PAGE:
In this novel, four businessmen taking a weekend canoe trip down the untamed Cahulawassee River battle both nature and hill people in “kill-or-be-killed” situations. In lean prose, Dickey graphically details such incidents as a man being savagely sodomized at gunpoint, threats of castration, the sexual overtones of the death climb up a cliff, and the earthy epithets of men stalking and killing others.
The 1970 novel became popular with school-age readers after release of the highly successful 1972 film version, featuring Burt Reynolds and Jon Voight. However, in challenges occurring in Maryland and Virginia schools, the book was found “obscene.” In Drake, North Dakota, in the 1970’s, the book became part of a much-publicized book- burning and teacher-dismissal case.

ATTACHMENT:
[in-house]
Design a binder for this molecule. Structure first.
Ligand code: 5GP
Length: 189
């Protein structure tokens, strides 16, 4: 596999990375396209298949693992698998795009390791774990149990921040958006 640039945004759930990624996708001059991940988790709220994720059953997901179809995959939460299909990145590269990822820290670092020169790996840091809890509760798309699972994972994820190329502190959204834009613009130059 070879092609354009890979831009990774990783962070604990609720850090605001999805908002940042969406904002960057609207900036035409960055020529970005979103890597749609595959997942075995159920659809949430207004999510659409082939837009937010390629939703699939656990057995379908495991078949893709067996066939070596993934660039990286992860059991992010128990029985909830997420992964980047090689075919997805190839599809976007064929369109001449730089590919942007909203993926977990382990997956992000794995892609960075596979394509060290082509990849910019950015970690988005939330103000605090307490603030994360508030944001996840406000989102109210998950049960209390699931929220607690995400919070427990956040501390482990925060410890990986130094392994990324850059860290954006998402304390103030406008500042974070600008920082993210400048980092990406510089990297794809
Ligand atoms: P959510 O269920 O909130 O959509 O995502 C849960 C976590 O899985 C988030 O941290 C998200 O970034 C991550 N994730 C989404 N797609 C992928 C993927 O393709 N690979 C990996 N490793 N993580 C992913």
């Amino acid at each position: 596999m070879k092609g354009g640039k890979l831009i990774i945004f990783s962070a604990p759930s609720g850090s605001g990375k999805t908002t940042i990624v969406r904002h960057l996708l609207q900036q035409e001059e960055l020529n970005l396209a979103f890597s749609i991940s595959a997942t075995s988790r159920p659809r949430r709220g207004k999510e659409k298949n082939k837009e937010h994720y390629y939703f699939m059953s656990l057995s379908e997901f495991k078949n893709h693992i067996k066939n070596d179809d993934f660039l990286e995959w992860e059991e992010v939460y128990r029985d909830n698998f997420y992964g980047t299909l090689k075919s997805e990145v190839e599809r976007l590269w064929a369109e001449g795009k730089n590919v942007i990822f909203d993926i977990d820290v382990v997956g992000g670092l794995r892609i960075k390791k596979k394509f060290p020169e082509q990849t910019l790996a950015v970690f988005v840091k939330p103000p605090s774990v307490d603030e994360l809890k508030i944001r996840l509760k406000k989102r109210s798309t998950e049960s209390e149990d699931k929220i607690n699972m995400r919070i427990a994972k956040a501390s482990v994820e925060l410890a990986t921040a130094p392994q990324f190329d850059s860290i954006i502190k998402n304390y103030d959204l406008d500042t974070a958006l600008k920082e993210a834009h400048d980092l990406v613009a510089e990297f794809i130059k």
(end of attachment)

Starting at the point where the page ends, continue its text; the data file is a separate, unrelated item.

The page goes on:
The American Booksellers Association has cited two reasons for the frequent bannings of Deliverance in public schools and libraries: its inappropriate themes for the young and its objectionable language. Challengers have deemed the book inappropriate because of its relentless and unnerving violence, depicting how decent men under pressure can revert to primal behavior. Challengers have also questioned the loose morality of the book’s conclusion: The survivors find deliverance back in the civilized world, unrepentant and unpunished after killing several men, disposing of their bodies, and lying repeatedly to the law.